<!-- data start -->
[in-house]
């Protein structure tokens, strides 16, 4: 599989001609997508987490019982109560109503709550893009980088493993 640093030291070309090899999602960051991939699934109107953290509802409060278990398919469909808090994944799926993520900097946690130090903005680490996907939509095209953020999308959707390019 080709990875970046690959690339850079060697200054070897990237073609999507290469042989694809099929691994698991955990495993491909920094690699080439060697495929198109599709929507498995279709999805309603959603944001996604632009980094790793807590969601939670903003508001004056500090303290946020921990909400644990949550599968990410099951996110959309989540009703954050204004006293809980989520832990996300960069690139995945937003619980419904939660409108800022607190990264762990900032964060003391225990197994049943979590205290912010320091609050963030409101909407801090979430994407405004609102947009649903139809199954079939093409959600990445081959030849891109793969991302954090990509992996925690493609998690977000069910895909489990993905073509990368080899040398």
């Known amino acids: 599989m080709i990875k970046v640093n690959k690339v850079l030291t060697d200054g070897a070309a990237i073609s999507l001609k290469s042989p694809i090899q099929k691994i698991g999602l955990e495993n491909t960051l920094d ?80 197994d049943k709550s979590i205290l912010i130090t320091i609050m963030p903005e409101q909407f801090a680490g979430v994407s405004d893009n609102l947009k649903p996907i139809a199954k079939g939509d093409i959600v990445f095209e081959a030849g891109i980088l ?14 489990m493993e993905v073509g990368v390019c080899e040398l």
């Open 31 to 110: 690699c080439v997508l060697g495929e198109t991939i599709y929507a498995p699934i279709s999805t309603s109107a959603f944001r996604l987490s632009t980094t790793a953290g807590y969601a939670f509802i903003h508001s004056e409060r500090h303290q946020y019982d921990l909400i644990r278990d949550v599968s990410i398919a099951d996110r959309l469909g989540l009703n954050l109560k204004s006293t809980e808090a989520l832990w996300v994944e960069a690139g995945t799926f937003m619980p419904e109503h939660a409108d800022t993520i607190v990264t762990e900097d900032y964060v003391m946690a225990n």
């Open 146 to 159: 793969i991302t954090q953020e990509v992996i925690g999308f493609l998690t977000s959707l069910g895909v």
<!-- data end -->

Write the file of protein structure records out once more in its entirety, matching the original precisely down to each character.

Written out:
[in-house]
């Protein structure tokens, strides 16, 4: 599989001609997508987490019982109560109503709550893009980088493993 640093030291070309090899999602960051991939699934109107953290509802409060278990398919469909808090994944799926993520900097946690130090903005680490996907939509095209953020999308959707390019 080709990875970046690959690339850079060697200054070897990237073609999507290469042989694809099929691994698991955990495993491909920094690699080439060697495929198109599709929507498995279709999805309603959603944001996604632009980094790793807590969601939670903003508001004056500090303290946020921990909400644990949550599968990410099951996110959309989540009703954050204004006293809980989520832990996300960069690139995945937003619980419904939660409108800022607190990264762990900032964060003391225990197994049943979590205290912010320091609050963030409101909407801090979430994407405004609102947009649903139809199954079939093409959600990445081959030849891109793969991302954090990509992996925690493609998690977000069910895909489990993905073509990368080899040398």
């Known amino acids: 599989m080709i990875k970046v640093n690959k690339v850079l030291t060697d200054g070897a070309a990237i073609s999507l001609k290469s042989p694809i090899q099929k691994i698991g999602l955990e495993n491909t960051l920094d ?80 197994d049943k709550s979590i205290l912010i130090t320091i609050m963030p903005e409101q909407f801090a680490g979430v994407s405004d893009n609102l947009k649903p996907i139809a199954k079939g939509d093409i959600v990445f095209e081959a030849g891109i980088l ?14 489990m493993e993905v073509g990368v390019c080899e040398l």
């Open 31 to 110: 690699c080439v997508l060697g495929e198109t991939i599709y929507a498995p699934i279709s999805t309603s109107a959603f944001r996604l987490s632009t980094t790793a953290g807590y969601a939670f509802i903003h508001s004056e409060r500090h303290q946020y019982d921990l909400i644990r278990d949550v599968s990410i398919a099951d996110r959309l469909g989540l009703n954050l109560k204004s006293t809980e808090a989520l832990w996300v994944e960069a690139g995945t799926f937003m619980p419904e109503h939660a409108d800022t993520i607190v990264t762990e900097d900032y964060v003391m946690a225990n």
């Open 146 to 159: 793969i991302t954090q953020e990509v992996i925690g999308f493609l998690t977000s959707l069910g895909v």